St. Valentine's Day

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History of St. Valentine's Day

St Valentine's Day was supposedly started in the time of the Roman Empire. In Ancient Rome, the date of February 14 was a holiday to honor the Queen of Roman Goddesses and Gods, Juno. Juno was known as the Goddess of women and marriage. The next day February 15 was the first day of the Festival known as the Feast of Lupercia.

On February 14 is was said that the young boys and girls of the villages would write down the names of every girl and place these names in a jar of which each young man would have to draw a name of a girl and this particular maiden would be their partner for the duration of the festival. Sometimes these parings would last a year and end up in marriage.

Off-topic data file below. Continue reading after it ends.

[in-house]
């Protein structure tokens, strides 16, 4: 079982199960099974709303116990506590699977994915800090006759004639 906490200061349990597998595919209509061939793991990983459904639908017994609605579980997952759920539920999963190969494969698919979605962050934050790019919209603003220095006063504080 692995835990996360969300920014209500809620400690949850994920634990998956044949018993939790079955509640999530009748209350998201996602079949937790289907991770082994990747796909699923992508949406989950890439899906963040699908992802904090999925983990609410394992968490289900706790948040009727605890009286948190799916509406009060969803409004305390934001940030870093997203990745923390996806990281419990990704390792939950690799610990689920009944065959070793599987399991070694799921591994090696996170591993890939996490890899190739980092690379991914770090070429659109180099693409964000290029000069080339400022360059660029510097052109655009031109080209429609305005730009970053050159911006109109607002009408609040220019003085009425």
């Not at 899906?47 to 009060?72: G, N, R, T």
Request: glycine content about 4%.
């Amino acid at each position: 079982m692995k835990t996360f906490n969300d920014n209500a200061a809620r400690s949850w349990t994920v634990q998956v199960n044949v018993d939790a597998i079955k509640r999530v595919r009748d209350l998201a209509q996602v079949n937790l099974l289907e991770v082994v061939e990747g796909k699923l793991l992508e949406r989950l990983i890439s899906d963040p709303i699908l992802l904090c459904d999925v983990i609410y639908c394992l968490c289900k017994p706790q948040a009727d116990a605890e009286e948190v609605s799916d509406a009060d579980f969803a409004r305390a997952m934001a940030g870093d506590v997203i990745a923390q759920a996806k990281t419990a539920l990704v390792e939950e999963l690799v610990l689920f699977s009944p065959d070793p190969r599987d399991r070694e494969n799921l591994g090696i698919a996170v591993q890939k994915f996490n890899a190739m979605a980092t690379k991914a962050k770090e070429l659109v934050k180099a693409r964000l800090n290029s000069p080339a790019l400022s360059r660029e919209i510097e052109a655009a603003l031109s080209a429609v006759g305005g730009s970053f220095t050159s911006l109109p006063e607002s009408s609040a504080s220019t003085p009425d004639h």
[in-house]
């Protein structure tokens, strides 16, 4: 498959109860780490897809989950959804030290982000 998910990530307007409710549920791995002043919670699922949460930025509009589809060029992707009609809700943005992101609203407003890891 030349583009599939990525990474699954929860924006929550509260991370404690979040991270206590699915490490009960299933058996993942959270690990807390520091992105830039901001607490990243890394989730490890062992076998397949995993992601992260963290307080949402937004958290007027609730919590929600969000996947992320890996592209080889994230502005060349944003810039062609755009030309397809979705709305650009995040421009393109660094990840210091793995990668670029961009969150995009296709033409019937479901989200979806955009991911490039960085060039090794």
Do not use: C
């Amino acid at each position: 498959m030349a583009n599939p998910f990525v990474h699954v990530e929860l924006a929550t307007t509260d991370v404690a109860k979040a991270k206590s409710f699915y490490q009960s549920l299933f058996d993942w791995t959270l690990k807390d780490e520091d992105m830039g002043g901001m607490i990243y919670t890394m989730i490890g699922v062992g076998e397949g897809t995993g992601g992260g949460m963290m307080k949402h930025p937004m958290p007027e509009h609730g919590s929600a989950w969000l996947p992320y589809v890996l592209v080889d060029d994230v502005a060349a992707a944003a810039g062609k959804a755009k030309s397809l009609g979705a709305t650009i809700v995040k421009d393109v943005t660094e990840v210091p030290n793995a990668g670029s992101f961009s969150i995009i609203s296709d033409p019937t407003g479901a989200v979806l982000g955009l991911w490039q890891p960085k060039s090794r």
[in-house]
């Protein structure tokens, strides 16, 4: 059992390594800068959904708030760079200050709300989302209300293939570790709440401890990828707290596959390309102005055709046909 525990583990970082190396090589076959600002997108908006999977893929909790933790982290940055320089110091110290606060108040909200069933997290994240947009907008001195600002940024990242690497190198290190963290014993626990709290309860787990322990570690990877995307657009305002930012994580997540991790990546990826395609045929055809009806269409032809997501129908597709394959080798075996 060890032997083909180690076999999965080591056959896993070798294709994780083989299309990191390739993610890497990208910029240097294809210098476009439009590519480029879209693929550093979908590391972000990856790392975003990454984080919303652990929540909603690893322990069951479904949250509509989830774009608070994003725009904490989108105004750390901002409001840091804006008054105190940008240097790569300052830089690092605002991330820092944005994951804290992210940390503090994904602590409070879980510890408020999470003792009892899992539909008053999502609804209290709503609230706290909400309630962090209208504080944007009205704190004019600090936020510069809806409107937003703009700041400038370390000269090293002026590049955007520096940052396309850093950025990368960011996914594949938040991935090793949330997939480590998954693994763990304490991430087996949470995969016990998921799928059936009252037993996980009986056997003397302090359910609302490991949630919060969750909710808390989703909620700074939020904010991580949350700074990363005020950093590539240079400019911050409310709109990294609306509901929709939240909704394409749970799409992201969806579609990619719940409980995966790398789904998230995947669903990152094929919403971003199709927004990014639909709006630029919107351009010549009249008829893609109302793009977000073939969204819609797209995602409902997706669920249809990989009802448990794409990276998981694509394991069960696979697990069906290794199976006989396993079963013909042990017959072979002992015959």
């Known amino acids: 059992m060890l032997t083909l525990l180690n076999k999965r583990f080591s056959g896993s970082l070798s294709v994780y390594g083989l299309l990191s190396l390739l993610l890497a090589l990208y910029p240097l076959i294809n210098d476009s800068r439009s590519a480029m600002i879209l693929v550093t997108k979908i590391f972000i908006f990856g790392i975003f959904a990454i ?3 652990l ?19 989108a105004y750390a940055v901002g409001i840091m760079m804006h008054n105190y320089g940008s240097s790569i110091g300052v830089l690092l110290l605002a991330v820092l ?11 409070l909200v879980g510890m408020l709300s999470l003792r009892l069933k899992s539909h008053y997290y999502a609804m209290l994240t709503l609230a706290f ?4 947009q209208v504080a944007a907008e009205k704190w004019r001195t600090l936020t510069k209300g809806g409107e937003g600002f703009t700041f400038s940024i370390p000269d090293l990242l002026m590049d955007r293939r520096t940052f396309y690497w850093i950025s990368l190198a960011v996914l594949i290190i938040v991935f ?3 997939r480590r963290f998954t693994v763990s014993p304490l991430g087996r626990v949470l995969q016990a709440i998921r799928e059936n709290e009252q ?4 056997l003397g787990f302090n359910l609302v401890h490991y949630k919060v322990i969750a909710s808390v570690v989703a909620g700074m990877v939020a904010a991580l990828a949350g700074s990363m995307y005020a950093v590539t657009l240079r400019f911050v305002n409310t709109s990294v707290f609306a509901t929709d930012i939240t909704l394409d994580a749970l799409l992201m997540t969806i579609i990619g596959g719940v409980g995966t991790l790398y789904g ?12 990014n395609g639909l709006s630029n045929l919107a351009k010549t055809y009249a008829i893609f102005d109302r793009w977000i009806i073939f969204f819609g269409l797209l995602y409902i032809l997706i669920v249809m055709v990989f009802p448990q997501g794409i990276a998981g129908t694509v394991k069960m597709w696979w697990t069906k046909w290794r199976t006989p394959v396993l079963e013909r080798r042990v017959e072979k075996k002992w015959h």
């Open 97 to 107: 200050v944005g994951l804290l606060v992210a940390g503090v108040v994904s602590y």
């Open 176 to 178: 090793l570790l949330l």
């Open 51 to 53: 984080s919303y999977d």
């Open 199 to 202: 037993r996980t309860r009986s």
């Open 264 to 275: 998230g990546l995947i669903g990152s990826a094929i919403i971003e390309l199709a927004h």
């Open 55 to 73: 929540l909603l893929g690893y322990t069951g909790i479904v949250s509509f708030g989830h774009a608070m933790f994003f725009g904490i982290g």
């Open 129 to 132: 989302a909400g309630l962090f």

These rituals under the laws of Claudius were banned as the Emperor believed that the reasons why men would now go to war were because they did not want to leave their lovers or families. As a result all marriages and engagements were canceled as a result Saint Valentine a Roman priest was said to have married these couples in secret and for this he was executed on the 14th day of February.

While St Valentine was in jail it is said that he fell in love with the jailers’ daughter. By a miracle or some say by the prayers of Valentine she gained her sight and as a last farewell in a note he was to "From Your Valentine".